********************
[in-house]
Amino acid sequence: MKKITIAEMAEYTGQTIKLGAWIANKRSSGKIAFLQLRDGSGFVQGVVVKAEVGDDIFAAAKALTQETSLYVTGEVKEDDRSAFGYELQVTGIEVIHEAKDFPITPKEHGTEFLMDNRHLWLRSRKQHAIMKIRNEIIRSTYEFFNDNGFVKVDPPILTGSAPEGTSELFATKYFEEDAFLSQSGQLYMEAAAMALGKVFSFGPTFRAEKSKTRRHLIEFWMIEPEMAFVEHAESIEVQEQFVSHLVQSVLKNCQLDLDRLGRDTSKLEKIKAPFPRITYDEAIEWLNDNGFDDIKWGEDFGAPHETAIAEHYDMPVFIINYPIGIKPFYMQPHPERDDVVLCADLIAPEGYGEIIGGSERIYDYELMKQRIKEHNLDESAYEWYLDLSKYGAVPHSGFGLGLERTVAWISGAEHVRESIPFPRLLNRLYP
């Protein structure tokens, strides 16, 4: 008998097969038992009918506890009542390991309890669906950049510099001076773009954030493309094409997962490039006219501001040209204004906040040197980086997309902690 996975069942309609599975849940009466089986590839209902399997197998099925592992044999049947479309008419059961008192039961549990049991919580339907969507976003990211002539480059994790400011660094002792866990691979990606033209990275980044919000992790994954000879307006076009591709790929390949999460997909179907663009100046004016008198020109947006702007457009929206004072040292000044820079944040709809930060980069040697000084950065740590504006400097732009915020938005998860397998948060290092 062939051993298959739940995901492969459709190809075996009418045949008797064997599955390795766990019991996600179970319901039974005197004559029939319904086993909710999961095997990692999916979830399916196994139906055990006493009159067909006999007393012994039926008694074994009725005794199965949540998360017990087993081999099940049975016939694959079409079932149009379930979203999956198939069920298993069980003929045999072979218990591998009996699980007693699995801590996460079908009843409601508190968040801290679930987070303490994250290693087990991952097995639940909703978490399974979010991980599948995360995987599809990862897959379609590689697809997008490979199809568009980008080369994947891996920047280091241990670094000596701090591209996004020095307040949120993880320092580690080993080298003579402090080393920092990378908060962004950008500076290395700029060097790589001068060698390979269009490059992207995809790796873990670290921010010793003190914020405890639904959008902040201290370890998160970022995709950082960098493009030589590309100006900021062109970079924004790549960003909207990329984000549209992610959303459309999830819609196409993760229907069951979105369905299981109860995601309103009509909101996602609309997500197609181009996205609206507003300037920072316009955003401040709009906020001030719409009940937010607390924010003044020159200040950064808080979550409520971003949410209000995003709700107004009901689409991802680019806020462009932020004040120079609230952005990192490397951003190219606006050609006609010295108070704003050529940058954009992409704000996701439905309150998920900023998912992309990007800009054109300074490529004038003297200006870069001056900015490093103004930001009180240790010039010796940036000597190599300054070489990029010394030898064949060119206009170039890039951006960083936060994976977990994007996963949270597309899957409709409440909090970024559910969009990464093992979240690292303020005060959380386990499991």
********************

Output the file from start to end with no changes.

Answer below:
[in-house]
Amino acid sequence: MKKITIAEMAEYTGQTIKLGAWIANKRSSGKIAFLQLRDGSGFVQGVVVKAEVGDDIFAAAKALTQETSLYVTGEVKEDDRSAFGYELQVTGIEVIHEAKDFPITPKEHGTEFLMDNRHLWLRSRKQHAIMKIRNEIIRSTYEFFNDNGFVKVDPPILTGSAPEGTSELFATKYFEEDAFLSQSGQLYMEAAAMALGKVFSFGPTFRAEKSKTRRHLIEFWMIEPEMAFVEHAESIEVQEQFVSHLVQSVLKNCQLDLDRLGRDTSKLEKIKAPFPRITYDEAIEWLNDNGFDDIKWGEDFGAPHETAIAEHYDMPVFIINYPIGIKPFYMQPHPERDDVVLCADLIAPEGYGEIIGGSERIYDYELMKQRIKEHNLDESAYEWYLDLSKYGAVPHSGFGLGLERTVAWISGAEHVRESIPFPRLLNRLYP
């Protein structure tokens, strides 16, 4: 008998097969038992009918506890009542390991309890669906950049510099001076773009954030493309094409997962490039006219501001040209204004906040040197980086997309902690 996975069942309609599975849940009466089986590839209902399997197998099925592992044999049947479309008419059961008192039961549990049991919580339907969507976003990211002539480059994790400011660094002792866990691979990606033209990275980044919000992790994954000879307006076009591709790929390949999460997909179907663009100046004016008198020109947006702007457009929206004072040292000044820079944040709809930060980069040697000084950065740590504006400097732009915020938005998860397998948060290092 062939051993298959739940995901492969459709190809075996009418045949008797064997599955390795766990019991996600179970319901039974005197004559029939319904086993909710999961095997990692999916979830399916196994139906055990006493009159067909006999007393012994039926008694074994009725005794199965949540998360017990087993081999099940049975016939694959079409079932149009379930979203999956198939069920298993069980003929045999072979218990591998009996699980007693699995801590996460079908009843409601508190968040801290679930987070303490994250290693087990991952097995639940909703978490399974979010991980599948995360995987599809990862897959379609590689697809997008490979199809568009980008080369994947891996920047280091241990670094000596701090591209996004020095307040949120993880320092580690080993080298003579402090080393920092990378908060962004950008500076290395700029060097790589001068060698390979269009490059992207995809790796873990670290921010010793003190914020405890639904959008902040201290370890998160970022995709950082960098493009030589590309100006900021062109970079924004790549960003909207990329984000549209992610959303459309999830819609196409993760229907069951979105369905299981109860995601309103009509909101996602609309997500197609181009996205609206507003300037920072316009955003401040709009906020001030719409009940937010607390924010003044020159200040950064808080979550409520971003949410209000995003709700107004009901689409991802680019806020462009932020004040120079609230952005990192490397951003190219606006050609006609010295108070704003050529940058954009992409704000996701439905309150998920900023998912992309990007800009054109300074490529004038003297200006870069001056900015490093103004930001009180240790010039010796940036000597190599300054070489990029010394030898064949060119206009170039890039951006960083936060994976977990994007996963949270597309899957409709409440909090970024559910969009990464093992979240690292303020005060959380386990499991």